3. Blood. You don’t get to pick your family. What you end up with seems to be mostly be left up to the luck of the draw. Let me say that knowing that, I feel like I’ve been given a very fortunate hand to play. I’m looking forward to that rare opportunity of spending some quality time with them this weekend.

If there’s anything else you can think of this week, it’s safe to just go ahead and assume that it has annoyed me at some point.

The art and science of the commute…

I think of myself as a fairly seasoned driver. I cut my commuting teeth on the DC beltway, it’s safe to assume there isn’t much traffic can throw at me that I haven’t experienced before. A 90 minute delay because the drawbridge was open? Check. Snow-induced gridlock on 95? Done it. Five hour office to home drives because a tractor trailer hauling gasoline fell off an overpass? Yep. Run a line of red lights at 5 AM on Pennsylvania Avenue in Southeast because certain unsavory characters got a little too close? Did that too. Snow, sleet, hail, rain, wind, all manner of natural factors have conspired against my daily commute at one point or another and I’ve bested all of them.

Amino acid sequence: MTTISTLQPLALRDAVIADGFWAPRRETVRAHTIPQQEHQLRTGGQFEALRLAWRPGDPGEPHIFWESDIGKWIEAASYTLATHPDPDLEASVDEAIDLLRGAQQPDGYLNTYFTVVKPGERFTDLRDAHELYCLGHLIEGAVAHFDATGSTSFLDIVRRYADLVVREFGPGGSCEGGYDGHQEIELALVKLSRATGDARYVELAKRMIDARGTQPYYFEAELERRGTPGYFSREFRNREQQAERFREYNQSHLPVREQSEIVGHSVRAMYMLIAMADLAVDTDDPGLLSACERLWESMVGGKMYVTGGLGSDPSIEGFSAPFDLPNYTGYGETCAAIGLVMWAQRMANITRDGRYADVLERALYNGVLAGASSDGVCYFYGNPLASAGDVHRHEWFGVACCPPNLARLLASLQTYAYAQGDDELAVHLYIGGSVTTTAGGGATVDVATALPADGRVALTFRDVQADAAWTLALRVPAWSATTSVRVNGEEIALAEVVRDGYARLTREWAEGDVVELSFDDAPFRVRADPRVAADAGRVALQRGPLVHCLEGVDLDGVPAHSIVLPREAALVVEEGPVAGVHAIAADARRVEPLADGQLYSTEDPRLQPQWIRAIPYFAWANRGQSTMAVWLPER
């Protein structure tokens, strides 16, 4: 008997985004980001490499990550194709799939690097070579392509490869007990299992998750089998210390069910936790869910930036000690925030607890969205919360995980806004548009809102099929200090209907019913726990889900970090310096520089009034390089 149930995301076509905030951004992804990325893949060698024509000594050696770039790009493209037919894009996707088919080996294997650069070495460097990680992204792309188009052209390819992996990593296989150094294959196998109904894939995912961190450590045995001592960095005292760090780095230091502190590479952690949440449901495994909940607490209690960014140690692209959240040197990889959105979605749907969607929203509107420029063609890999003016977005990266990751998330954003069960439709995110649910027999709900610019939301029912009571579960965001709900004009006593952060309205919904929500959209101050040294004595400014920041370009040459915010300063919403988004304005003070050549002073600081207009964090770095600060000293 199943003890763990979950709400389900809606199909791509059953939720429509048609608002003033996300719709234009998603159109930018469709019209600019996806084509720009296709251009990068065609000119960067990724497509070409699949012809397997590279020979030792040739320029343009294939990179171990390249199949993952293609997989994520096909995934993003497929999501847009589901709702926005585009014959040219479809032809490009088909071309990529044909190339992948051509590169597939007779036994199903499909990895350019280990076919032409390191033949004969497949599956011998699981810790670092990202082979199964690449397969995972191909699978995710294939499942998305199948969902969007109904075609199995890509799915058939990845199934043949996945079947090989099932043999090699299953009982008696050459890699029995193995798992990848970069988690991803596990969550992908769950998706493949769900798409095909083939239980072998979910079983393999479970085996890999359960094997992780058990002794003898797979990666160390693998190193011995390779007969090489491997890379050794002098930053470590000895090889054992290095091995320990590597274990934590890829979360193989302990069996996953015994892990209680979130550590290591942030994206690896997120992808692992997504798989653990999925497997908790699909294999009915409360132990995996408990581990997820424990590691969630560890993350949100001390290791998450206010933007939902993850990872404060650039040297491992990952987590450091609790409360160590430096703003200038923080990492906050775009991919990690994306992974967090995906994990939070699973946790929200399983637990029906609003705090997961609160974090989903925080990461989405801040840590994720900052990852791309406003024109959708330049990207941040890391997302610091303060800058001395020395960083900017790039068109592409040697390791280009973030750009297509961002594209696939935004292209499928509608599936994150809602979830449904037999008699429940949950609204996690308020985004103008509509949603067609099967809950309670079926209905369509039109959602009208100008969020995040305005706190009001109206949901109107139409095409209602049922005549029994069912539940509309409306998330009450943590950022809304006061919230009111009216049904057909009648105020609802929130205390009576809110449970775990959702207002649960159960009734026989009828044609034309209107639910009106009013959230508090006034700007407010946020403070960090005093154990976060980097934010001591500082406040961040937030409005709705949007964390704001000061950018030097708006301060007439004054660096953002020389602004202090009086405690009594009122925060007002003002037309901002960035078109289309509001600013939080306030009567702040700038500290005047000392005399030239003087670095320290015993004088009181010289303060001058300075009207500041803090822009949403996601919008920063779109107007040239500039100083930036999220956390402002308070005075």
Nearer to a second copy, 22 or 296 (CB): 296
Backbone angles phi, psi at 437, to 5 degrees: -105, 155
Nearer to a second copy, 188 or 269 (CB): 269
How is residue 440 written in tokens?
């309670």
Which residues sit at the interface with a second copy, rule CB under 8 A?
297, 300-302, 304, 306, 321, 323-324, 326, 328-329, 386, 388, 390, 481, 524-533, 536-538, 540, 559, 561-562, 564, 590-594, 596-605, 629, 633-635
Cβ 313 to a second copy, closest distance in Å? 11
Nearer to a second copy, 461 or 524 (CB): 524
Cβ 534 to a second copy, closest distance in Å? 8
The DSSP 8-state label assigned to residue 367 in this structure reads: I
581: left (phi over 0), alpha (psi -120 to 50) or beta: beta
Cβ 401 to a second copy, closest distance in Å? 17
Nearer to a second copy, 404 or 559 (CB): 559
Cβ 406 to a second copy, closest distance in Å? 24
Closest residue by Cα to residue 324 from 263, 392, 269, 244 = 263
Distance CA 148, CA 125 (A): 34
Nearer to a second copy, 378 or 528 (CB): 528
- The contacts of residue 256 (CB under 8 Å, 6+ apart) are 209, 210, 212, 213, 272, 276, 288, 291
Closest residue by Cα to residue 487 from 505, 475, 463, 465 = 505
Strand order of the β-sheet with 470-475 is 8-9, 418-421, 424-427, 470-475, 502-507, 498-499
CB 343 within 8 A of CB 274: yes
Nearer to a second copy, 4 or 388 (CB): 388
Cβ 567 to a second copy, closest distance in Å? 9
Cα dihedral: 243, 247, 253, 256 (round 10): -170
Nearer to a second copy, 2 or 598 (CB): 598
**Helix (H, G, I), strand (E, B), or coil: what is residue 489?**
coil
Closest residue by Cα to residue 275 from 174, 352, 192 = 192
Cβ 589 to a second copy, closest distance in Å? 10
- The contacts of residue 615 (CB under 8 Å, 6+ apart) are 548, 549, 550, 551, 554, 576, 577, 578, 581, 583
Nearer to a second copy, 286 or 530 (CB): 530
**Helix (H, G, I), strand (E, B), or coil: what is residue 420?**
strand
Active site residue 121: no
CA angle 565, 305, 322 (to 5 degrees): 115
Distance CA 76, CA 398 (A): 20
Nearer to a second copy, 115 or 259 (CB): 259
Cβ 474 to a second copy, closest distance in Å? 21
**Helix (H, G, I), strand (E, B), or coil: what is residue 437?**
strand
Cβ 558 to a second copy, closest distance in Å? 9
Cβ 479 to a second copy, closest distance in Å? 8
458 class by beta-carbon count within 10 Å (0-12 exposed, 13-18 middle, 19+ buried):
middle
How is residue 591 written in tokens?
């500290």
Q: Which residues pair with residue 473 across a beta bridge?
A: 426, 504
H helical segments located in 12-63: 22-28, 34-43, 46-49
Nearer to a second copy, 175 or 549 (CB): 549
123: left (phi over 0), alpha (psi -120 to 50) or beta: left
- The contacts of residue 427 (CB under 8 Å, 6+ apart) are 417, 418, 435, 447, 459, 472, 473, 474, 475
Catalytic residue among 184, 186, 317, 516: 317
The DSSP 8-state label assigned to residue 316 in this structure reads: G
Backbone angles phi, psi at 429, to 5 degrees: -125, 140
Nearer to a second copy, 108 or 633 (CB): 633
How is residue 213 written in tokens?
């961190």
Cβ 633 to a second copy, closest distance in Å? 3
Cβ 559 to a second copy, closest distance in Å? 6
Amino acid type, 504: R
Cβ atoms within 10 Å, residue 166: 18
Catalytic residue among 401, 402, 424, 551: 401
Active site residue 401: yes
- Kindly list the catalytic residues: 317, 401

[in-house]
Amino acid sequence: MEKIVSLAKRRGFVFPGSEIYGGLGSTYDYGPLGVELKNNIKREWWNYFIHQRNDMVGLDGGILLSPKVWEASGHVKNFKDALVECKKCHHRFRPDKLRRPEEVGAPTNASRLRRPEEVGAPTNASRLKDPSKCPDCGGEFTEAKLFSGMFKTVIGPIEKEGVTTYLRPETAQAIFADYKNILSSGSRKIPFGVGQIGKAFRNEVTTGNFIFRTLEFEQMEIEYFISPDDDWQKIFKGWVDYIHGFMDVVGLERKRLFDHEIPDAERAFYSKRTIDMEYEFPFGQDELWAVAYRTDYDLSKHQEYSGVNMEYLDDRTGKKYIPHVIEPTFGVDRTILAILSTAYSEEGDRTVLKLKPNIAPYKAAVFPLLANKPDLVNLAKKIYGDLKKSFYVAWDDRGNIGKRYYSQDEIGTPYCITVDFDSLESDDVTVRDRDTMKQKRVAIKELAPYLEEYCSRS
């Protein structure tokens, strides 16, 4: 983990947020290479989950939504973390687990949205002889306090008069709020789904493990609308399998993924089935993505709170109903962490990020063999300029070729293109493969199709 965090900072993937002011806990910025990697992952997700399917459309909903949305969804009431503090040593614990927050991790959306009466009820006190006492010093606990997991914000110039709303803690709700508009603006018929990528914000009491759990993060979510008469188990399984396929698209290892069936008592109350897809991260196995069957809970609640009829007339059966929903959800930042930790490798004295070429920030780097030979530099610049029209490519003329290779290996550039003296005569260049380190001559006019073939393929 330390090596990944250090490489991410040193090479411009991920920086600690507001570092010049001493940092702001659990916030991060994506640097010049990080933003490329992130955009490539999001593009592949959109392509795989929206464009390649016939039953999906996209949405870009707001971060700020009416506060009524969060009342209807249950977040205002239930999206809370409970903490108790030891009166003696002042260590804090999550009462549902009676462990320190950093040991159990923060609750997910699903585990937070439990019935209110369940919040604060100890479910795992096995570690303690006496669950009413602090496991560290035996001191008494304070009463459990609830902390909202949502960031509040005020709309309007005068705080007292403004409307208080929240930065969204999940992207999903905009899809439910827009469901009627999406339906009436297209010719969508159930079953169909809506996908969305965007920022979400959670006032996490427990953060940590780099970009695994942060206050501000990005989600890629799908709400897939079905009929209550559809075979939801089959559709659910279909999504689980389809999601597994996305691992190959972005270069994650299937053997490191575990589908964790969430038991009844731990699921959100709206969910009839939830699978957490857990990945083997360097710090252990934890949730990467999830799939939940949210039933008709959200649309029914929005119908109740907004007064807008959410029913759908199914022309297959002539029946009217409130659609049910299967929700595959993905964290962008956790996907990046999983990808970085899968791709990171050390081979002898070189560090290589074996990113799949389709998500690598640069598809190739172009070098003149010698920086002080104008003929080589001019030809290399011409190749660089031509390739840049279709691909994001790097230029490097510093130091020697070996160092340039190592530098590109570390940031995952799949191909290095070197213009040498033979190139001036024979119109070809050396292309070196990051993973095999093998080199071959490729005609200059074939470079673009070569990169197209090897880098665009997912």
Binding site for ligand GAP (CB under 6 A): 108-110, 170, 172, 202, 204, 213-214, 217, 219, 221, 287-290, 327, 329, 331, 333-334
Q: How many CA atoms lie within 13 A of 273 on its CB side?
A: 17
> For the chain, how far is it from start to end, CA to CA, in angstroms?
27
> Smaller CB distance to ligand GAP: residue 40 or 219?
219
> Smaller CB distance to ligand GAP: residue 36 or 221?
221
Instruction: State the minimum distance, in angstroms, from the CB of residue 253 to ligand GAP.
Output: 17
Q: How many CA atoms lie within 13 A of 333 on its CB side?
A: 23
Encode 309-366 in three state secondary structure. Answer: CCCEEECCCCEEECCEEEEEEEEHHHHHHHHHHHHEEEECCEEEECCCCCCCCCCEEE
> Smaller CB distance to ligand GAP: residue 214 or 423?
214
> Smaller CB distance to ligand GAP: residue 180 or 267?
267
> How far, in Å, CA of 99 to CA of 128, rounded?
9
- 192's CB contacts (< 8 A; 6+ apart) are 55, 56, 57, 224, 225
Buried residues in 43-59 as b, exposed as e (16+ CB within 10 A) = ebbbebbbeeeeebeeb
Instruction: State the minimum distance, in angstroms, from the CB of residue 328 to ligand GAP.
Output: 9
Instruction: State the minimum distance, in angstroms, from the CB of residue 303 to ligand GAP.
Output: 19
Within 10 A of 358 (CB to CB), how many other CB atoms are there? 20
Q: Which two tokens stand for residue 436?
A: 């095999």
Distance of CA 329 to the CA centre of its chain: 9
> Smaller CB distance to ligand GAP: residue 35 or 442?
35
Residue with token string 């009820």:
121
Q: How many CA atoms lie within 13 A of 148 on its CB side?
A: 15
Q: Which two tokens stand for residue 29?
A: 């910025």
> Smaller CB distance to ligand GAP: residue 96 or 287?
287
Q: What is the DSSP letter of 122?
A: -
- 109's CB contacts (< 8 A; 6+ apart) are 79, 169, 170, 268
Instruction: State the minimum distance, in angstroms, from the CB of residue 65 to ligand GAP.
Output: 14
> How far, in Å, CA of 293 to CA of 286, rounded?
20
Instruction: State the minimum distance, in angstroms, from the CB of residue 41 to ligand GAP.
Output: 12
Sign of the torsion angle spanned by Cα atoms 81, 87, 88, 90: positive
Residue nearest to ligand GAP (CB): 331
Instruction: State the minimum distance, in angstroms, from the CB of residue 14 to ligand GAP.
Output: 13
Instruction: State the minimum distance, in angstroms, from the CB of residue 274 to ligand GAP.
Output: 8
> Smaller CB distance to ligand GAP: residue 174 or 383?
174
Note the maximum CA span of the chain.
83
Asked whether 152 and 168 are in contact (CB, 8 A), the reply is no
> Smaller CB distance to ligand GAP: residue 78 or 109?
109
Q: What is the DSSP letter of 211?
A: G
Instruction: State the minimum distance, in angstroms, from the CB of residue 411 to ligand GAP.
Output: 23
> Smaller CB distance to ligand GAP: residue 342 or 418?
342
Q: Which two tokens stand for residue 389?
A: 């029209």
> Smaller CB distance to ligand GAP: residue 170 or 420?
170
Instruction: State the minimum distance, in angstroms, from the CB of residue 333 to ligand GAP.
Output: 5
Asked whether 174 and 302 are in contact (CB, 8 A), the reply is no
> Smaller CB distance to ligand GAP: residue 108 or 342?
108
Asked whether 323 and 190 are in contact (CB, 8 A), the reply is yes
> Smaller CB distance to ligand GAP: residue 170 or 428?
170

It’s been a long time since I’ve run the beltway gauntlet and you’d think that living in the backwoods of Ceciltucky would leave me free of most of the urban and suburban commuting hazards I faced while fighting my way into and away from the District every day. Commuting is an art and a science, but the one thing making the drive down 95 every morning prepared me for was the complete asshattery of the people who stop in the middle of the road during a driving rain storm. I don’t mean that they slow to a crawl. I mean they come to a full and complete stop right there in the travel lane as if nothing could have prepared them for the sight of liquid falling from the sky.